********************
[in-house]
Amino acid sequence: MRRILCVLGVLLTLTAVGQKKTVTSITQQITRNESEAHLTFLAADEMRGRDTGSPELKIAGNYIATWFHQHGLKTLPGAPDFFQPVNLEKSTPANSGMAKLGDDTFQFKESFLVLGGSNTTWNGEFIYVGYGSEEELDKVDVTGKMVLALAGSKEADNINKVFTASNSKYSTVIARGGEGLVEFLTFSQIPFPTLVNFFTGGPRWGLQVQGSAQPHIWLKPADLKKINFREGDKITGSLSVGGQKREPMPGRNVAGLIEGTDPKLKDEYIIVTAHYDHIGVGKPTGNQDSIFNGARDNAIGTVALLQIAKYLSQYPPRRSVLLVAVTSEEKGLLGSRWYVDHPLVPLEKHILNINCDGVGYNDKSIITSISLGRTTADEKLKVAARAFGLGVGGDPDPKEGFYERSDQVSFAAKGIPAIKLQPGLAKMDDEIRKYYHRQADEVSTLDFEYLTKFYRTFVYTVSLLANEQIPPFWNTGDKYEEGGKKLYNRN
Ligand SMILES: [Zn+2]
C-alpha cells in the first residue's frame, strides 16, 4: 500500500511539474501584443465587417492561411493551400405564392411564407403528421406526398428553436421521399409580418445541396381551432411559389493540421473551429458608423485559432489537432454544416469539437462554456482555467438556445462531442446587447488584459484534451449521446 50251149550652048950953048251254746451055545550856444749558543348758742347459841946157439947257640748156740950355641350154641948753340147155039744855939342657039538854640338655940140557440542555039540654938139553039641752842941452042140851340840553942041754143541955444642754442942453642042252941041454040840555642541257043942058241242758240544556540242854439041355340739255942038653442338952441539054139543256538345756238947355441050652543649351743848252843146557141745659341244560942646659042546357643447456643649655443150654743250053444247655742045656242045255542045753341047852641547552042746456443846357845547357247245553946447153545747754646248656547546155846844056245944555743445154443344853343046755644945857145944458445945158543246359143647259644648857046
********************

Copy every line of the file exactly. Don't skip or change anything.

[in-house]
Amino acid sequence: MRRILCVLGVLLTLTAVGQKKTVTSITQQITRNESEAHLTFLAADEMRGRDTGSPELKIAGNYIATWFHQHGLKTLPGAPDFFQPVNLEKSTPANSGMAKLGDDTFQFKESFLVLGGSNTTWNGEFIYVGYGSEEELDKVDVTGKMVLALAGSKEADNINKVFTASNSKYSTVIARGGEGLVEFLTFSQIPFPTLVNFFTGGPRWGLQVQGSAQPHIWLKPADLKKINFREGDKITGSLSVGGQKREPMPGRNVAGLIEGTDPKLKDEYIIVTAHYDHIGVGKPTGNQDSIFNGARDNAIGTVALLQIAKYLSQYPPRRSVLLVAVTSEEKGLLGSRWYVDHPLVPLEKHILNINCDGVGYNDKSIITSISLGRTTADEKLKVAARAFGLGVGGDPDPKEGFYERSDQVSFAAKGIPAIKLQPGLAKMDDEIRKYYHRQADEVSTLDFEYLTKFYRTFVYTVSLLANEQIPPFWNTGDKYEEGGKKLYNRN
Ligand SMILES: [Zn+2]
C-alpha cells in the first residue's frame, strides 16, 4: 500500500511539474501584443465587417492561411493551400405564392411564407403528421406526398428553436421521399409580418445541396381551432411559389493540421473551429458608423485559432489537432454544416469539437462554456482555467438556445462531442446587447488584459484534451449521446 50251149550652048950953048251254746451055545550856444749558543348758742347459841946157439947257640748156740950355641350154641948753340147155039744855939342657039538854640338655940140557440542555039540654938139553039641752842941452042140851340840553942041754143541955444642754442942453642042252941041454040840555642541257043942058241242758240544556540242854439041355340739255942038653442338952441539054139543256538345756238947355441050652543649351743848252843146557141745659341244560942646659042546357643447456643649655443150654743250053444247655742045656242045255542045753341047852641547552042746456443846357845547357247245553946447153545747754646248656547546155846844056245944555743445154443344853343046755644945857145944458445945158543246359143647259644648857046